For a reported $2 billion deal, Oculus VR and their Oculus Rift project have been bought out by the American social network service.
In a post on Facebook, Mark Zuckerberg personally confirmed the acquisition, claiming their mission is “to make the world more open and connected.”
The move comes as one of many for Facebook, as they recently acquired both Instagram and WhatsApp for a total of around $20 billion. Many pessimistic commentators have already declared the death of the Oculus Rift as a step-forward for gaming, although Zuckerberg says in his confirmation that “immersive gaming will be first.” He goes on to add:
“The Rift is highly anticipated by the gaming community, and there’s a lot of interest from developers in building for this platform. We’re going to focus on helping Oculus build out their product and develop partnerships to support more games. Oculus will continue operating independently within Facebook to achieve this.”
This hasn’t stopped developers from jumping ship, however. Markus ‘Notch’ Persson tweeted immediately after the news broke claiming that any deal to bring his game Minecraft to the Rift was off, calling Facebook “creepy.” He went on in a blog post to describe Facebook as:
“not a company of grass-roots tech enthusiasts. Facebook is not a game tech company. Facebook has a history of caring about building user numbers, and nothing but building user numbers. People have made games for Facebook platforms before, and while it worked great for a while, they were stuck in a very unfortunate position when Facebook eventually changed the platform to better fit the social experience they were trying to build.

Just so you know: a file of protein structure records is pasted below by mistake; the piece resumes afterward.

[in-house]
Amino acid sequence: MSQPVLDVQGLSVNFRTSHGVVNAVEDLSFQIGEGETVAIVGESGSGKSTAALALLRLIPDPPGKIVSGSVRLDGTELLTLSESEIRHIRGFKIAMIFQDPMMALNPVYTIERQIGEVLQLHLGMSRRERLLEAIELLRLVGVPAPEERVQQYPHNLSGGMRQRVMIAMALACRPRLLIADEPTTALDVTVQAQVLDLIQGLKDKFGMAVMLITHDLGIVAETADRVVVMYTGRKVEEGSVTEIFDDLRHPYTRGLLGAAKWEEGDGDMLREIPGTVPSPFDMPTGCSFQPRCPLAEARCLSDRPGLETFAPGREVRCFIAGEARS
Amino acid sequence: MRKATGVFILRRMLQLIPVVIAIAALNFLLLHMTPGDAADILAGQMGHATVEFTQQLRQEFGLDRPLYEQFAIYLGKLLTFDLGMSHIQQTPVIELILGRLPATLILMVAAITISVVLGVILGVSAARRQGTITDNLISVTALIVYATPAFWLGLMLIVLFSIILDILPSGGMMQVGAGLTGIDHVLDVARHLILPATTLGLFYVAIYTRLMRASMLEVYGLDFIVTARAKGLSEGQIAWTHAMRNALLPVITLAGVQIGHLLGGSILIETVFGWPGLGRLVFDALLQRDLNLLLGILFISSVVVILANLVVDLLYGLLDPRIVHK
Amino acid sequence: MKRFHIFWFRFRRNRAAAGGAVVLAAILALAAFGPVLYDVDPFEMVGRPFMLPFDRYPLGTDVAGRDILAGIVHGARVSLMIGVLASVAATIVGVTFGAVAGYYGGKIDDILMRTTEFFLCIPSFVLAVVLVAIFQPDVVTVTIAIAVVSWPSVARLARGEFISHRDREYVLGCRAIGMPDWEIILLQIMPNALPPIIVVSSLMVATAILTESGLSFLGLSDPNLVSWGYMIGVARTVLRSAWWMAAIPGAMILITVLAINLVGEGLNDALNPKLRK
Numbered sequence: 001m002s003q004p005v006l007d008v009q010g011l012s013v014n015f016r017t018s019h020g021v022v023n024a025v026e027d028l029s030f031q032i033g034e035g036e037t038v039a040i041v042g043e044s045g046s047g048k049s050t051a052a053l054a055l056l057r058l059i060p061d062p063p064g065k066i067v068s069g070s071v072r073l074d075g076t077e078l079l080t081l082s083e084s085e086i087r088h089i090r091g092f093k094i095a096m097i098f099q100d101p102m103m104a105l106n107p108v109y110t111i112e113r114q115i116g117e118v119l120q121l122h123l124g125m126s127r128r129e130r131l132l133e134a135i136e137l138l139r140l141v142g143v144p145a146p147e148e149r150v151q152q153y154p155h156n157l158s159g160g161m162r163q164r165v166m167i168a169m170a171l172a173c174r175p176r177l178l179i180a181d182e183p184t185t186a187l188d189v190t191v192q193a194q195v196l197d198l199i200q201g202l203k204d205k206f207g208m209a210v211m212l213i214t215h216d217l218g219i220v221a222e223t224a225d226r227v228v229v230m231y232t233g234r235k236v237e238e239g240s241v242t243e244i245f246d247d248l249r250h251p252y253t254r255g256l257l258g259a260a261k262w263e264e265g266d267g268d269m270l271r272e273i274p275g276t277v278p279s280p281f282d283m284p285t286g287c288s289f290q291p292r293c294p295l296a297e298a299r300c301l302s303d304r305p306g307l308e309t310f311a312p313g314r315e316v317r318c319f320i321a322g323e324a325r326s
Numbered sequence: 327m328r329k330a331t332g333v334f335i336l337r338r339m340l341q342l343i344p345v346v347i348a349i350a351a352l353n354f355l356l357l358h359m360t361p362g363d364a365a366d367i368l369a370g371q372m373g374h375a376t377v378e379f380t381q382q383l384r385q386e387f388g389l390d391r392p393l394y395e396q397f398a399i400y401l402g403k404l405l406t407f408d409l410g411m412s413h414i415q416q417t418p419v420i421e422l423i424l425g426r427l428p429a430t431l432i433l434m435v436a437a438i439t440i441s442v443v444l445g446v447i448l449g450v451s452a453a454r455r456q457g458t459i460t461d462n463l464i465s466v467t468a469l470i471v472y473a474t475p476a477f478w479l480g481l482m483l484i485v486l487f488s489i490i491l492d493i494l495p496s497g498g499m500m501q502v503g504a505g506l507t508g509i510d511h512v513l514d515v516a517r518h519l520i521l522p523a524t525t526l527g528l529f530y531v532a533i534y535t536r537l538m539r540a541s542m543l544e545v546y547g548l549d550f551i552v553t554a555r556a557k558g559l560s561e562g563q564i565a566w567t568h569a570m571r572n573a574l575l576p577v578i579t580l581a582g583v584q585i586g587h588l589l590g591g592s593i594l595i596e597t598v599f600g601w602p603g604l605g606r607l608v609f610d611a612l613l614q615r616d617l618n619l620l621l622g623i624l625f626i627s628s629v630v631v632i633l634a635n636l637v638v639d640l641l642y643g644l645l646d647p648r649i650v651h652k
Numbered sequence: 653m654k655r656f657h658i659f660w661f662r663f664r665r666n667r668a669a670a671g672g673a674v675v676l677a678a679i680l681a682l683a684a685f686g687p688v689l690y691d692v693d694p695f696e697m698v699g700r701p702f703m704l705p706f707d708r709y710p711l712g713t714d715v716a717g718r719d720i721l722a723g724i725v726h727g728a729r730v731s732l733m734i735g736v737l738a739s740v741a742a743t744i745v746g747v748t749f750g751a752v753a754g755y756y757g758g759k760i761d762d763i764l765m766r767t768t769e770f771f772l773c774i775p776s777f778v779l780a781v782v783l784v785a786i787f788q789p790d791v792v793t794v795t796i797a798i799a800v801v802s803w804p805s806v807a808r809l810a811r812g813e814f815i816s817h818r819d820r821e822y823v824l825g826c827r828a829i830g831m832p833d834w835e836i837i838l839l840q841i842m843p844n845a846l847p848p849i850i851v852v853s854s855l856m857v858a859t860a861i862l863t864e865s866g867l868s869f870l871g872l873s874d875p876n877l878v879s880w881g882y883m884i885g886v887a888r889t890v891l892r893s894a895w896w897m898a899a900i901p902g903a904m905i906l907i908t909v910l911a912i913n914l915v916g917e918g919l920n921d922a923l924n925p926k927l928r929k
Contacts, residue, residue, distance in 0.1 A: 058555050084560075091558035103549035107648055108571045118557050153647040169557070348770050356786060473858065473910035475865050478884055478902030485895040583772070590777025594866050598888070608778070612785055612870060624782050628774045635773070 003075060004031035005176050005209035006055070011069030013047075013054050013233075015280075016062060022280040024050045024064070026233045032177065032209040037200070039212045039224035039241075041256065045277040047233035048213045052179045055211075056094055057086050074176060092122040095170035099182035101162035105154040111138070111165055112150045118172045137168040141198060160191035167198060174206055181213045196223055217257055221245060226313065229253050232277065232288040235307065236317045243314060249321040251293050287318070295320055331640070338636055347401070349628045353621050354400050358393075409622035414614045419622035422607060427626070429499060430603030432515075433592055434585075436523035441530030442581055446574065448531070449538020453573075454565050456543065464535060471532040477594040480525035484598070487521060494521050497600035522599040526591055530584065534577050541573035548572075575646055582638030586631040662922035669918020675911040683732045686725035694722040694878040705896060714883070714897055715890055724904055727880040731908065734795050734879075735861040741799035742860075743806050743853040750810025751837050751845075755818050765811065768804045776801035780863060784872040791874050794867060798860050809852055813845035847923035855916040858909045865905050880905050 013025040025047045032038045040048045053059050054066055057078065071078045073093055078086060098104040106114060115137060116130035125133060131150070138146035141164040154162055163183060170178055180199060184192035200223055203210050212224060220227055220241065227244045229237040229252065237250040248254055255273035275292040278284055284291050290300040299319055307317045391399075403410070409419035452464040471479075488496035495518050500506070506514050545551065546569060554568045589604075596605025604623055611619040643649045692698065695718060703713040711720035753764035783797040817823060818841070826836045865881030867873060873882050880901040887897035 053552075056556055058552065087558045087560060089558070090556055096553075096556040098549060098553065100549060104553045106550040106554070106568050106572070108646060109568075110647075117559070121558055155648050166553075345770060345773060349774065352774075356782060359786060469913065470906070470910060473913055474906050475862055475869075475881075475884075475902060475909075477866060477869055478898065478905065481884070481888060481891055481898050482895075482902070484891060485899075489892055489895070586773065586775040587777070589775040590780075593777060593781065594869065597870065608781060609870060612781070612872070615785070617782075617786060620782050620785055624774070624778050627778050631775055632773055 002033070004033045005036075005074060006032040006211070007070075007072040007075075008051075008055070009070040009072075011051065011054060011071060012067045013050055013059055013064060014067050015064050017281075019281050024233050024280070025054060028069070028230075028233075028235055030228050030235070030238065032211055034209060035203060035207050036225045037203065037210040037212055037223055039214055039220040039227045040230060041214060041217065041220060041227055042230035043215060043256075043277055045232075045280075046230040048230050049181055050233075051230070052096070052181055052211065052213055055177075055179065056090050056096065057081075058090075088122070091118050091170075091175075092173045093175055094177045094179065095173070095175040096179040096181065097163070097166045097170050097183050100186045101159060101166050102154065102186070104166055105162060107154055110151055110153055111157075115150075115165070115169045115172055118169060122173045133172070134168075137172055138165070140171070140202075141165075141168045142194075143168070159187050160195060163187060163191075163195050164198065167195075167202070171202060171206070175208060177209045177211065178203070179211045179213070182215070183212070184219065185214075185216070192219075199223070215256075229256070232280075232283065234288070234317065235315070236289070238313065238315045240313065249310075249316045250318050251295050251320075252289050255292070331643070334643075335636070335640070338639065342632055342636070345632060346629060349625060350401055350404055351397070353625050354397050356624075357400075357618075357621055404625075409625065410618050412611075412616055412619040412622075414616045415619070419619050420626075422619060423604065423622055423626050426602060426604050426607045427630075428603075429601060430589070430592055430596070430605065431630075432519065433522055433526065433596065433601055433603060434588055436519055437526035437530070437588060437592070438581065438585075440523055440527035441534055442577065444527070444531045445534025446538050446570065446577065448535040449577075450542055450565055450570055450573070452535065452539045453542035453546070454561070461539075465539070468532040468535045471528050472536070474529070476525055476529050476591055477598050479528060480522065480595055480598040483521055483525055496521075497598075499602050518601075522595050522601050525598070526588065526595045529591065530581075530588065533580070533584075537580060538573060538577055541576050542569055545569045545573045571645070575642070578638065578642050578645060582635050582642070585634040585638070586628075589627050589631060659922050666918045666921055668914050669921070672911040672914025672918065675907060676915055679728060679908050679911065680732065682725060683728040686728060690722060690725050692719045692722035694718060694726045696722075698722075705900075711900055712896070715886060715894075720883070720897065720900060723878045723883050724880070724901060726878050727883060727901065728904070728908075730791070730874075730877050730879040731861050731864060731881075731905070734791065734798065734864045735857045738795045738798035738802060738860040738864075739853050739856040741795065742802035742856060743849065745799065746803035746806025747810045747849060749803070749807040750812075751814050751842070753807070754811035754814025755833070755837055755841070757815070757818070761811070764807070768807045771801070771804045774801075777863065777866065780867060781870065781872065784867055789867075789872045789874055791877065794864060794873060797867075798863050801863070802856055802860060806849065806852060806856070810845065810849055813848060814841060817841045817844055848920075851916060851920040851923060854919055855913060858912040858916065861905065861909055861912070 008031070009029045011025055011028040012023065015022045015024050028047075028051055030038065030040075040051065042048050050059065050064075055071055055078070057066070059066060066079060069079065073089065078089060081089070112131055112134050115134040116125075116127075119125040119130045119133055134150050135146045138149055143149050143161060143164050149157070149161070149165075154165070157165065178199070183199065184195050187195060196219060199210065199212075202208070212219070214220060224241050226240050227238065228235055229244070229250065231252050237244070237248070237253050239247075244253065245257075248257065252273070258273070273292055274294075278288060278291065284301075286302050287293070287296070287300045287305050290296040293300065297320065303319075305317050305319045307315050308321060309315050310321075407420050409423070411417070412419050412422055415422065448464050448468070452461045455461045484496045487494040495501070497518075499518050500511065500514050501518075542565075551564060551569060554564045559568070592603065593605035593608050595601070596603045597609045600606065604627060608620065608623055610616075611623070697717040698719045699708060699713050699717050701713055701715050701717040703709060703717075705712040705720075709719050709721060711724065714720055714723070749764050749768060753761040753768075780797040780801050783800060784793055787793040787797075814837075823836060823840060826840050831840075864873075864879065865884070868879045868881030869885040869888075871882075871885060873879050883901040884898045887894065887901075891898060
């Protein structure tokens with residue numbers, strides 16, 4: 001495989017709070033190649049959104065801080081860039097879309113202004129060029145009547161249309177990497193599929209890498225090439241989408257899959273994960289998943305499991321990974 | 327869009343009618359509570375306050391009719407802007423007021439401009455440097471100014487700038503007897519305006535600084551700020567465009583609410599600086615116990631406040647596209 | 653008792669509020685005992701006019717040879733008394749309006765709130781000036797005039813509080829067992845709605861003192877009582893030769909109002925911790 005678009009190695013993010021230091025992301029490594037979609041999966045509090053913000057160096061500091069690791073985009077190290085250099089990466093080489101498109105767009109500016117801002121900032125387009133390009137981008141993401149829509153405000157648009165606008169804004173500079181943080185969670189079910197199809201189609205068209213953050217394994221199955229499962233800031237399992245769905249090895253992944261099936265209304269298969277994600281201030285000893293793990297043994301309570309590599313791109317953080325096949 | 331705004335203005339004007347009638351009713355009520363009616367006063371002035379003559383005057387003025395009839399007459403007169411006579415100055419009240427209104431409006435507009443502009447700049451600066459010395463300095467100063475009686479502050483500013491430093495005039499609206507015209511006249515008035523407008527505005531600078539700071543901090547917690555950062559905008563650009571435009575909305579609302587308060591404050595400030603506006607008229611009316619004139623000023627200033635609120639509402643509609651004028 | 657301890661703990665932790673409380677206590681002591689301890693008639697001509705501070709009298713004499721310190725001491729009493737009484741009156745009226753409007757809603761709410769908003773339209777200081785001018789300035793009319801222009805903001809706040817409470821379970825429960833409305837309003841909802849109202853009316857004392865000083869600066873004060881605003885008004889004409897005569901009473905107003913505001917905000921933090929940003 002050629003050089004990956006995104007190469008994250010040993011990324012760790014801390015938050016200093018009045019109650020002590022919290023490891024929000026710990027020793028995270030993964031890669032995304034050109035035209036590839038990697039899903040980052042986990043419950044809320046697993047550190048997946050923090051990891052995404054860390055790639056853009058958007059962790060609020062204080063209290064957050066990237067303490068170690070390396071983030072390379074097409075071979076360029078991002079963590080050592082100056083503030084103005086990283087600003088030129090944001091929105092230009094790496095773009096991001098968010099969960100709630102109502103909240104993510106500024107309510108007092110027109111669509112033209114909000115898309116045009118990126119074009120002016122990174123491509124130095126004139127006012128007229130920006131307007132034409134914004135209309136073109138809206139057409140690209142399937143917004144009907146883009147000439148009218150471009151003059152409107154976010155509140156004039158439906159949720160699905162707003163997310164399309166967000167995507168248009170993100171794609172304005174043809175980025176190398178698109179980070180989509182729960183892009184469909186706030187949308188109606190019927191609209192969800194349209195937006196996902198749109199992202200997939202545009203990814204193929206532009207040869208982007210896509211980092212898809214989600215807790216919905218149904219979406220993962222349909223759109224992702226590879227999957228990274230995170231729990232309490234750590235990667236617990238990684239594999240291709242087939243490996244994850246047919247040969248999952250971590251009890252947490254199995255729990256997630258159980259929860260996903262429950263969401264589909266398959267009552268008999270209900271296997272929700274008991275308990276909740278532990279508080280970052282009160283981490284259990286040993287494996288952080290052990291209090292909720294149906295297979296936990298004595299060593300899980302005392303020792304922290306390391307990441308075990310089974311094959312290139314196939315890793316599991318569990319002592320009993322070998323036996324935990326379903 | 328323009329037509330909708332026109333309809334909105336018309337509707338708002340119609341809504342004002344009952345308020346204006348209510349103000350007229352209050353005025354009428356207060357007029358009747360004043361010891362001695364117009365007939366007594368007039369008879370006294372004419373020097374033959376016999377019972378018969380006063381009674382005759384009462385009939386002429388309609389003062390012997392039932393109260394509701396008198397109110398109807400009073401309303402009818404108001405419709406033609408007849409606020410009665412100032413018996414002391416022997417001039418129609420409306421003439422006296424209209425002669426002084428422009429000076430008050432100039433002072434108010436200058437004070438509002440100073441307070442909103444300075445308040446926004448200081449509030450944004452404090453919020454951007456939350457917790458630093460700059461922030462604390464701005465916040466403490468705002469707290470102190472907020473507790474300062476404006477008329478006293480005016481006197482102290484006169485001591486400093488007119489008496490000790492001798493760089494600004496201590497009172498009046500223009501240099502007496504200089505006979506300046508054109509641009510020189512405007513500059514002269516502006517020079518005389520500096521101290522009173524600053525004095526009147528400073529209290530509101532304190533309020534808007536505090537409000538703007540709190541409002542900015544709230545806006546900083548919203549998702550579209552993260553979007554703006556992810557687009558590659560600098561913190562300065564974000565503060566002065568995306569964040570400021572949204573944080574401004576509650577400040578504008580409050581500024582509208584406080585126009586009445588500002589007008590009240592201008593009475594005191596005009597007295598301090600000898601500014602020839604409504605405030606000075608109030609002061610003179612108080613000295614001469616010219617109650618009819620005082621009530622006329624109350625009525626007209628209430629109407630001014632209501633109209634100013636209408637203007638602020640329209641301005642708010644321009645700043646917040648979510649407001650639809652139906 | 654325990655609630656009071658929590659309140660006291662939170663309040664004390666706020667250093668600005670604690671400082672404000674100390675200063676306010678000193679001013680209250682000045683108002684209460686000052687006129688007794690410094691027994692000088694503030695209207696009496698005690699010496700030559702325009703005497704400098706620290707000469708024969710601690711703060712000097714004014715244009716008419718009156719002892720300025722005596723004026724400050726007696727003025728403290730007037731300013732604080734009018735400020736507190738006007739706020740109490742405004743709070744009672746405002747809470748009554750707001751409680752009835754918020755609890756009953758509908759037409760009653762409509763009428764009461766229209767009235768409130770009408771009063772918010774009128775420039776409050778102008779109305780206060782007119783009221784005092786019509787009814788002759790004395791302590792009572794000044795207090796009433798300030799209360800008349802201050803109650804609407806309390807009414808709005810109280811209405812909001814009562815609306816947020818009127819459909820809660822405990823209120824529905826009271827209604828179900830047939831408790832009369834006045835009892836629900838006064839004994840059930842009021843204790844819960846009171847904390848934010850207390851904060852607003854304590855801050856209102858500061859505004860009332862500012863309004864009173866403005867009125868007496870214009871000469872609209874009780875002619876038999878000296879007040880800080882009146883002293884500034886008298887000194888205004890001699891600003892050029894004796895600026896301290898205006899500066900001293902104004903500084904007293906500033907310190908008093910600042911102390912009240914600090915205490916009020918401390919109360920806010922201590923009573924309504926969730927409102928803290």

Don’t get me wrong, VR is not bad for social. In fact, I think social could become one of the biggest applications of VR. Being able to sit in a virtual living room and see your friend’s avatar? Business meetings? Virtual cinemas where you feel like you’re actually watching the movie with your friend who is seven time zones away?
But I don’t want to work with social, I want to work with games.“
Palmer Luckey, founder of Oculus, went to Reddit to attempt to cool the hatred being thrown Oculus’ way after the news. Sounding awfully like PR speech, Luckey told Reddit that:
“Facebook is run in an open way that’s aligned with Oculus’ culture. Over the last decade, Mark and Facebook have been champions of open software and hardware, pushing the envelope of innovation for the entire tech industry. As Facebook has grown, they’ve continued to invest in efforts like with the Open Compute Project, their initiative that aims to drive innovation and reduce the cost of computing infrastructure across the industry. This is a team that’s used to making bold bets on the future.”
Despite being decimated by downvotes following his announcement, Luckey went on to assure fans that a Facebook account isn’t and will never be necessary to use the Rift. In the same comment he called a user’s distaste about Facebook branding on the product “not really reasonable in a literal sense.”
Regarding questions about Facebook’s purported information leaks and the prospect of it being applied to the Rift, Luckey again denied this would happen. Again, though, Luckey’s responses appeared to be nothing more than damage control throughout his Q&A with users, many informing him that their pre-orders for the latest DK2 version of the Rift had been cancelled.
Luckey also claimed numerous times that there was exciting news that proved the positives about the Facebook acquisition, just that they aren’t “public” yet. Keep on the lookout on Enter_Name_Here for more news about this one when it breaks.
[…] Discussions about the Facebook deal with Oculus VR continue onward despite assurances by Luckey himself that no negative impact will come to the Oculus Rift headset because of the acquisition. If you haven’t heard of this story yet, read Enter_Name_Here’s round-up of the events here. […]